But I’m not like that with subtitling. I really enjoy it. As soon as M leaves the apartment at 7am I sit down at my desk and throw myself into it. I enjoy the tick-off-the-list nature of the work – I’m given a programme to subtitle, I download the video, I subtitle the programme, I do a detailed review of my work, I spellcheck, integrity check, save the file and send it to the client. Tick. The job is done and I move onto the next one. It’s quite mechanical but there’s something in that that appeals to me. And I do, of course, appreciate the fact that essentially I’m getting paid to watch TV.

But on Thursday last week, I was distracted. I’d wrapped up one season of The Only Way Is Essex and was moving onto another, and all I could think about was food. I kept getting up from my desk to grab another chocolate Easter egg or make another coffee. Or have a sandwich. Or eat the leftovers from last night’s dinner. Or wish that I’d bought that packet of Zweifel paprika crisps that I’d eyed in the supermarket so that I could now sit here and scoff the lot.

On Friday morning, when I sat at my desk and tried to get back into the awful mind-numbing rhythm of TOWIE, I felt the same way. There was a Lindt bunny with my name on it. But as I got up to grab the doomed rabbit, I spied my camera. The SD card, I knew, was still full of the hundreds of photos that I’d taken during our hiking holiday. So I slotted the card into my computer and 90 minutes later had chosen some of my favourite pictures, uploaded them to my Flickr account, and thrown myself back into TOWIE with a level of energy and enthusiasm that had been absent since we’d got back from our break. The lovely Lindt bunny lived to tempt me another day.

This was such an important reminder for me about what I already know to be true about work – that you have to choose a job that you love doing. Sorry, I know it’s obvious but sometimes I forget the glaringly self-evident and have to beat myself over the head with it. Don’t get me wrong – I love subtitling. It’s harmless and it’s helpful and it appeals to the pedant and the geeky grammarian in me. But as a freelancer I have the gorgeous joy of being able to mix it up a bit. I can do the work that I get paid for and I can intersperse it with some “work” that makes my heart sing. And that prevents me from eating my own bodyweight in chocolate. And I think if I didn’t have this flexibility in my scheduling then I’d have to come home from the nine-to-five and learn to paint or write a novel or knit jumpers or start trying to recreate the Bayern Tapestry. Or something. Anything to remind myself that work is important but fulfilment matters more.

I’d love to have a chance to ask Eve Ensler whether she felt like she was working when she wrote The Vagina Monologues, or when she first performed it as a one-woman show.

I’d be prepared to bet that she didn’t.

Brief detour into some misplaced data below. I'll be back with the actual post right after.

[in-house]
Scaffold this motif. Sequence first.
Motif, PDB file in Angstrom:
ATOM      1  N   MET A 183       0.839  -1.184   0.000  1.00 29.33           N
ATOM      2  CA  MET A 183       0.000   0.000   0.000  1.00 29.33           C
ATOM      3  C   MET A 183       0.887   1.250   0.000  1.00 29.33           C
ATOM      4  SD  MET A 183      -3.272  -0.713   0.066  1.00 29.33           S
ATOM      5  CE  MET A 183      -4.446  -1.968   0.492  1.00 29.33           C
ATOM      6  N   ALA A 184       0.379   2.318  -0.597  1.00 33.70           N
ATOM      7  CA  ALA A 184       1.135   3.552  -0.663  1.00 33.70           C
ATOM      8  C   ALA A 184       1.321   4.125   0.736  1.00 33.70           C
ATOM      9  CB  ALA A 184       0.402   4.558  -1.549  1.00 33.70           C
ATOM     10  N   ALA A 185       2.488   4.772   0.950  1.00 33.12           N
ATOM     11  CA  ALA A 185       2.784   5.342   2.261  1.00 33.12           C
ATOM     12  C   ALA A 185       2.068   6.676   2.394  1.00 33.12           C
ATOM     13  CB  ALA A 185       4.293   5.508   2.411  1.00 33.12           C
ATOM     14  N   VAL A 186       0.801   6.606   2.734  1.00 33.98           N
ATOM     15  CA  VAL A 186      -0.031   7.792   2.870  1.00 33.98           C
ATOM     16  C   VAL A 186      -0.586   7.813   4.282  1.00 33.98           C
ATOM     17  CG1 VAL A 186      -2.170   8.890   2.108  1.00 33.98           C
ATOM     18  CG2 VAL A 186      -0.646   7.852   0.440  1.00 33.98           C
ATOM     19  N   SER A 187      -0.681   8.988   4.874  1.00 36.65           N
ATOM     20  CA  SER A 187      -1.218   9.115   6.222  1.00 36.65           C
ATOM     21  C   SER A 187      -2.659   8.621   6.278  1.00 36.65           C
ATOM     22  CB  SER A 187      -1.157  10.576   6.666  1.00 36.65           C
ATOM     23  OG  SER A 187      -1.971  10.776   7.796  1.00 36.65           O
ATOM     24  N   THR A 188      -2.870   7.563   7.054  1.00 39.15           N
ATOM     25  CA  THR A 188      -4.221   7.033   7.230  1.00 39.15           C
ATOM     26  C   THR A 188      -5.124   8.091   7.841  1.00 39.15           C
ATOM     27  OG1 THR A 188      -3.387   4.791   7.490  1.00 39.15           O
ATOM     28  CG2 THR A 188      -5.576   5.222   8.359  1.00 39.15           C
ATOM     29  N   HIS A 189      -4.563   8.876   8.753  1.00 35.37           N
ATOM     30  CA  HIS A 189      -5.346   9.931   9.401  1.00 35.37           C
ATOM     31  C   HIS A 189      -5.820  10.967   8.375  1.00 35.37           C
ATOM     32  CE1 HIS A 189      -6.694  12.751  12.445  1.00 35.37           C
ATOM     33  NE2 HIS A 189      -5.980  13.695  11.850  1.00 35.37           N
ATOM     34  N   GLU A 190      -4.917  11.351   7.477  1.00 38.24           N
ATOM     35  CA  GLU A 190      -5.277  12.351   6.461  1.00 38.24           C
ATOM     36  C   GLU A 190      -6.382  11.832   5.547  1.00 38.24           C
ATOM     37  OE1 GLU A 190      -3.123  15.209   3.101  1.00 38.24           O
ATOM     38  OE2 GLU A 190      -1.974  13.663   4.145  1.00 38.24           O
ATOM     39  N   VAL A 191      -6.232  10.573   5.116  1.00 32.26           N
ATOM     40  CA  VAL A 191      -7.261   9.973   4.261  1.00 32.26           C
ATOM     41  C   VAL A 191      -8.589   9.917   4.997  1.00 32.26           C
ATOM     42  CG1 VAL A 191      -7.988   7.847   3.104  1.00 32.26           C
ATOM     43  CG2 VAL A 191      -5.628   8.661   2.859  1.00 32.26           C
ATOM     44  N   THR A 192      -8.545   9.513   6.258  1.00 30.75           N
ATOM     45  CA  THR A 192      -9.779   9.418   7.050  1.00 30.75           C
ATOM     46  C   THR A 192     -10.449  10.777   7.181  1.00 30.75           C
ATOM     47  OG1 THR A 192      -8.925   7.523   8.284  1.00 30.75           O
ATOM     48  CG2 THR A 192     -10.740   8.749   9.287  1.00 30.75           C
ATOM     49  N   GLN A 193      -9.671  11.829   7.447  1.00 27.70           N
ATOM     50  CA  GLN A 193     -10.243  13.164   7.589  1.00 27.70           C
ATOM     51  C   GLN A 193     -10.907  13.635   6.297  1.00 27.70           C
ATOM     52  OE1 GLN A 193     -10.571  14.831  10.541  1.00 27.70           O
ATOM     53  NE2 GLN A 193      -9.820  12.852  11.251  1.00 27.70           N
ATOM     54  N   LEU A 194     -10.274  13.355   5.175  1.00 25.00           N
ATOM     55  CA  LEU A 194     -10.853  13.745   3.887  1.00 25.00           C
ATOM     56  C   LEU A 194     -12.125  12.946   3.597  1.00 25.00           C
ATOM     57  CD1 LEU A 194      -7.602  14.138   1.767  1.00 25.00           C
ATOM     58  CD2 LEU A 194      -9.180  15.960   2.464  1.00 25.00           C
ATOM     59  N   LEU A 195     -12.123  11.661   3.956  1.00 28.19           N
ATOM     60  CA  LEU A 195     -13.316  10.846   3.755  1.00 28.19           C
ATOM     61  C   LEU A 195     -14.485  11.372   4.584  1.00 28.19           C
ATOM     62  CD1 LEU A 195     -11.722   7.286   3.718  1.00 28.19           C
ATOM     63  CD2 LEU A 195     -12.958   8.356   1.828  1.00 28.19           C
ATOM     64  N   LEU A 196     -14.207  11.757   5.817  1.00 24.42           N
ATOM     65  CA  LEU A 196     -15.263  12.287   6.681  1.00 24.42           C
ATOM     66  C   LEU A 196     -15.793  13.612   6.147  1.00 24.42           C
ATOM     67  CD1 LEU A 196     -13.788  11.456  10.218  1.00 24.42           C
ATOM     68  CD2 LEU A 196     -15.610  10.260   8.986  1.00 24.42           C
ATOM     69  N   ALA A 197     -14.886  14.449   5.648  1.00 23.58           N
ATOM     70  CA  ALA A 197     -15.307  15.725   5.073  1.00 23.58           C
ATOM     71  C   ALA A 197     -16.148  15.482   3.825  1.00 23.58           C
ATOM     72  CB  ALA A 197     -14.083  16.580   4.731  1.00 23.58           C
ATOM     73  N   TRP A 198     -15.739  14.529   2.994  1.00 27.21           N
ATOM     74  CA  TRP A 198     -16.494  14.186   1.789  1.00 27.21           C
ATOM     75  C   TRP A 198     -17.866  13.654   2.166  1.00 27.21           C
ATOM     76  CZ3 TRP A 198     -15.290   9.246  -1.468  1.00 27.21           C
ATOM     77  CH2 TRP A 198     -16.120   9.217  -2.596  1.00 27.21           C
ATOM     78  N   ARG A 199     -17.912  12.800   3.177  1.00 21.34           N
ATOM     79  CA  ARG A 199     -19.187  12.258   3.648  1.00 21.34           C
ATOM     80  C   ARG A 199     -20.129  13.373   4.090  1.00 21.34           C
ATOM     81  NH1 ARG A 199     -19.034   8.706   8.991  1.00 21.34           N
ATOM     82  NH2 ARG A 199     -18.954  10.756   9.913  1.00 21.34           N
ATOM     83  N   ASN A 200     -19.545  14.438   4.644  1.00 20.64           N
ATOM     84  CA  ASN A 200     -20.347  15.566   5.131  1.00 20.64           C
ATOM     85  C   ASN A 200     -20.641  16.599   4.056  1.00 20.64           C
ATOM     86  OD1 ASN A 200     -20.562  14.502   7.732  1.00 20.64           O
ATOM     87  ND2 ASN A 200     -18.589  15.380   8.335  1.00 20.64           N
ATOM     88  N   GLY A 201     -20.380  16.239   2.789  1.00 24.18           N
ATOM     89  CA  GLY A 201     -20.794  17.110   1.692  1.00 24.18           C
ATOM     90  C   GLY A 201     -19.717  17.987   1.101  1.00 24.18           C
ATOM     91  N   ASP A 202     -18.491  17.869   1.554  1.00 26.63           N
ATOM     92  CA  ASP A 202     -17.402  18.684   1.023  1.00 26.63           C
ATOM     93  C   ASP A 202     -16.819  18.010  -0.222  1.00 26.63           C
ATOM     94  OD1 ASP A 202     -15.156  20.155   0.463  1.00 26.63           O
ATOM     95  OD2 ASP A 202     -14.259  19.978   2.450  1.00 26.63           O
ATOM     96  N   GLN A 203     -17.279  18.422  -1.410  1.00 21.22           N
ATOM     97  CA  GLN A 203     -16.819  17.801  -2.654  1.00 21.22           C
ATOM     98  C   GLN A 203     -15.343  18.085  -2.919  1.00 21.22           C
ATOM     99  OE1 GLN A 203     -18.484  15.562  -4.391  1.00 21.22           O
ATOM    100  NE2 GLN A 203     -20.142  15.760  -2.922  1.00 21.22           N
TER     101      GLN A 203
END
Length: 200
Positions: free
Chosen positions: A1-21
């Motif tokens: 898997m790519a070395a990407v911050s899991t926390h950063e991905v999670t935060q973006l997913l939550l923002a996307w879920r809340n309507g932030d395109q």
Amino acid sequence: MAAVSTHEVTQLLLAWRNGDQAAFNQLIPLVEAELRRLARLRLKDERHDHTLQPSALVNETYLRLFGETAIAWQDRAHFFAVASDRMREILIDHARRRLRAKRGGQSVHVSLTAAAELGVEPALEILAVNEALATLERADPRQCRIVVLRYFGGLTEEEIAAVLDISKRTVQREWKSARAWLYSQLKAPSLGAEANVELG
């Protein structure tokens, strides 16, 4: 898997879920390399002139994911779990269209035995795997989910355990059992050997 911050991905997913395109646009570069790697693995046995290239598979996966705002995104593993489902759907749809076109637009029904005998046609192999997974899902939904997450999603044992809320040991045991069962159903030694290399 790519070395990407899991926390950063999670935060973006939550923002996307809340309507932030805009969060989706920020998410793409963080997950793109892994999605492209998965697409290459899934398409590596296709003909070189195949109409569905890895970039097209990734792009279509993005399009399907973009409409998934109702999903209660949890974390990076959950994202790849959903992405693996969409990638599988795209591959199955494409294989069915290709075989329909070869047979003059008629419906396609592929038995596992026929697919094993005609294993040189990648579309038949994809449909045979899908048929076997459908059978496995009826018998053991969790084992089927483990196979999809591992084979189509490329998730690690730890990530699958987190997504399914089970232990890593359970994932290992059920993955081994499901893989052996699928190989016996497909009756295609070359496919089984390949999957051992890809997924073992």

Vajazzles and vajayjays

Progress happens when all the factors that make for it are ready, and then it is inevitable. 

Henry Ford

I have never claimed to have my finger on the pulse of popular culture. I probably had my best shot of zoning into the zeitgeist during the years I spent living within walking distance of all my favourite music venues and theatres in central London. But even then I think my tastes were a bit too obscure to really get what was going on. And in the last four years, living sans TV first in Israel and then in hippest Switzerland… Yep, you’re right. Not a bloody chance. If you want to know what’s hip, ask a hipster.

Often I have to rely on the freelance subtitling work I do to haul me kicking and screaming into the modern day. And I have to admit that sometimes, when I’m hauled here, I want to block my ears and screw my eyes up and shout, “La, la, la, la, la!” until someone makes it go away and lets me crawl back to my happy place. Because in that happy place, I’ve never heard of The Only Way Is Essex, and nobody expects me to know how to spell the word vajazzle

Yes, in the last few weeks, when I’ve not been scaling mountains, entertaining lovely friends or writing this blog, I’ve been sitting at my desk working on yet another “reality” TV show that’s given reality a very bad name. I’ve subtitled conversations in which people didn’t know where in London they might find a place called “North London”. I’ve endured about a gazillion monosyllabic exchanges between two sub-humans called Mark and Lauren, who are too moronic to realise that their matching idiocy means they’re obviously made for each other. And to my horror I’ve learned that a vajazzle (and this is a word that even I, in my cultural no-man’s land, have heard floating about in the last number of years) is a Swarovski crystal vaginal decoration. To use a good TOWIE expression… What the actual fuck?